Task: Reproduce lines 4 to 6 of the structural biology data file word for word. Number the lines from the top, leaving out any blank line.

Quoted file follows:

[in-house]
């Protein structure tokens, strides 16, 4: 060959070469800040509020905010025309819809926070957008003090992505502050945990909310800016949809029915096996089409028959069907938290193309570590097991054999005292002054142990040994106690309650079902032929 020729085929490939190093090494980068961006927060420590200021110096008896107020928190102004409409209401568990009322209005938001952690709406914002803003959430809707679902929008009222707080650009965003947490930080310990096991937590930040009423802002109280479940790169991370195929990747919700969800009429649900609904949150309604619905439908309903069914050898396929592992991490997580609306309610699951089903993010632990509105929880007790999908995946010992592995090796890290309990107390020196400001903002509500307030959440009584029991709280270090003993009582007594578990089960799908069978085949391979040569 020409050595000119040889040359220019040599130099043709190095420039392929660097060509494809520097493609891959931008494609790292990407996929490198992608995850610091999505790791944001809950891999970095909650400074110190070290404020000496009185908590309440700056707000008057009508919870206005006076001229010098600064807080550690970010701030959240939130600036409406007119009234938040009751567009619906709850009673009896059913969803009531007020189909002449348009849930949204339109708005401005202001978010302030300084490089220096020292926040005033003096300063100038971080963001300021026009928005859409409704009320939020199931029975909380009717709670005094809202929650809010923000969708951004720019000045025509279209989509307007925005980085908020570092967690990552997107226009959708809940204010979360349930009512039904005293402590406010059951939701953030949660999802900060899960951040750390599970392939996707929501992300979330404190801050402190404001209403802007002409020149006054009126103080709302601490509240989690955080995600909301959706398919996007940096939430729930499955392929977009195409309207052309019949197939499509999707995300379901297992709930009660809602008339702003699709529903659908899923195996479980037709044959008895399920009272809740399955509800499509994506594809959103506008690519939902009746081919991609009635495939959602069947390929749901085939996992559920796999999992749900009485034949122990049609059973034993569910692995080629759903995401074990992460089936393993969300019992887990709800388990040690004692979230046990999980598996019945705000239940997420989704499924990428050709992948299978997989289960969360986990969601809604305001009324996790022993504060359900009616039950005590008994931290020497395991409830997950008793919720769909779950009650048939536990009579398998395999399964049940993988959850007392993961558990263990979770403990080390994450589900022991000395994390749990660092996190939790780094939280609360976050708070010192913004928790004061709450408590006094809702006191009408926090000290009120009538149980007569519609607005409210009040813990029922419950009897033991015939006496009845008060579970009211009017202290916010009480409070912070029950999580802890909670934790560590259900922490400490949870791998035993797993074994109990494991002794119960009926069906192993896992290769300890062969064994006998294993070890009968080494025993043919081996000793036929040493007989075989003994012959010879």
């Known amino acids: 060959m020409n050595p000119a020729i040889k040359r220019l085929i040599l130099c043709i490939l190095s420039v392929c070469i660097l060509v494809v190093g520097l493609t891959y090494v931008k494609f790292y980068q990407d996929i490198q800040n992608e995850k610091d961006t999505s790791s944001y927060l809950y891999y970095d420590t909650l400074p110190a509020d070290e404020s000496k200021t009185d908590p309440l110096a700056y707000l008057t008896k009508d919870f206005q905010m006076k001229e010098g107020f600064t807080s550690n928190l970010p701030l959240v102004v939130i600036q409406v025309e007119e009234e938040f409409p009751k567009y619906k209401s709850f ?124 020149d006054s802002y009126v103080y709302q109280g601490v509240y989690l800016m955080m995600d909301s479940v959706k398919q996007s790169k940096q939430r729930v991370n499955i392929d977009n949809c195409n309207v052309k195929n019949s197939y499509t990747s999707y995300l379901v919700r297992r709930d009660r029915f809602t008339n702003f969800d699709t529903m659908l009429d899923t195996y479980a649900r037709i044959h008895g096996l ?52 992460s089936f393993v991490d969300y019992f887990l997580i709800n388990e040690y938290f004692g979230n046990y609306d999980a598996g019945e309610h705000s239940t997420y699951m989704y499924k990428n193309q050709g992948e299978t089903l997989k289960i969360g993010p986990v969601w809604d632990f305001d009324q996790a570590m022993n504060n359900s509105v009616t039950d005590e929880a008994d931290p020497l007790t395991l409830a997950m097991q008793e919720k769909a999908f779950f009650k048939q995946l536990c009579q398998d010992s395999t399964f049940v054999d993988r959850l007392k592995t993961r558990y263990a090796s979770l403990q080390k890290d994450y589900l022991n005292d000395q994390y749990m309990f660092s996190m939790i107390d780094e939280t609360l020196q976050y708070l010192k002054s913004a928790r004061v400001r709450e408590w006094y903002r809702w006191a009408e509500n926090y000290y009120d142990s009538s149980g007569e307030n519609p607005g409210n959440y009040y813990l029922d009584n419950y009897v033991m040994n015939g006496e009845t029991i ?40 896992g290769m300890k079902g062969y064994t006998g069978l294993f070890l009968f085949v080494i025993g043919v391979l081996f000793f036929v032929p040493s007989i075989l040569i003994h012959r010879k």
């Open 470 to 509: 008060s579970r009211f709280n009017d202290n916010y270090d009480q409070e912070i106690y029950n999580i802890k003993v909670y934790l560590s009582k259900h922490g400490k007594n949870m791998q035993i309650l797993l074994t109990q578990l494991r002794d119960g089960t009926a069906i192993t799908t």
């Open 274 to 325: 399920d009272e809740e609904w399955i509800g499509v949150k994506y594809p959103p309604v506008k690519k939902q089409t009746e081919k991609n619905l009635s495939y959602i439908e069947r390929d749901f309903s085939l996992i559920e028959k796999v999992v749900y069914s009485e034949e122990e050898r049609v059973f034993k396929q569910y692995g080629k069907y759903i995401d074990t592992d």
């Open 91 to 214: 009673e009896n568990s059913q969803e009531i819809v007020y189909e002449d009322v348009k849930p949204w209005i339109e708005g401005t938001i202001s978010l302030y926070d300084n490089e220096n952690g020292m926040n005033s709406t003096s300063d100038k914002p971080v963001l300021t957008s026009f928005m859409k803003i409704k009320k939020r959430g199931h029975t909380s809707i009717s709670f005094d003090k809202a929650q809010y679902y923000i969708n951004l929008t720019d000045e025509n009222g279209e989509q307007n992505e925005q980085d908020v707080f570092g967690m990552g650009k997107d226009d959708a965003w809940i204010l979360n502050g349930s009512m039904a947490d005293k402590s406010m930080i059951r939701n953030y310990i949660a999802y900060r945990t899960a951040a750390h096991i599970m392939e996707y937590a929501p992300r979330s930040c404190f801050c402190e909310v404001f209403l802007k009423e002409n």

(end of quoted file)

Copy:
């Open 470 to 509: 008060s579970r009211f709280n009017d202290n916010y270090d009480q409070e912070i106690y029950n999580i802890k003993v909670y934790l560590s009582k259900h922490g400490k007594n949870m791998q035993i309650l797993l074994t109990q578990l494991r002794d119960g089960t009926a069906i192993t799908t």
């Open 274 to 325: 399920d009272e809740e609904w399955i509800g499509v949150k994506y594809p959103p309604v506008k690519k939902q089409t009746e081919k991609n619905l009635s495939y959602i439908e069947r390929d749901f309903s085939l996992i559920e028959k796999v999992v749900y069914s009485e034949e122990e050898r049609v059973f034993k396929q569910y692995g080629k069907y759903i995401d074990t592992d």
């Open 91 to 214: 009673e009896n568990s059913q969803e009531i819809v007020y189909e002449d009322v348009k849930p949204w209005i339109e708005g401005t938001i202001s978010l302030y926070d300084n490089e220096n952690g020292m926040n005033s709406t003096s300063d100038k914002p971080v963001l300021t957008s026009f928005m859409k803003i409704k009320k939020r959430g199931h029975t909380s809707i009717s709670f005094d003090k809202a929650q809010y679902y923000i969708n951004l929008t720019d000045e025509n009222g279209e989509q307007n992505e925005q980085d908020v707080f570092g967690m990552g650009k997107d226009d959708a965003w809940i204010l979360n502050g349930s009512m039904a947490d005293k402590s406010m930080i059951r939701n953030y310990i949660a999802y900060r945990t899960a951040a750390h096991i599970m392939e996707y937590a929501p992300r979330s930040c404190f801050c402190e909310v404001f209403l802007k009423e002409n």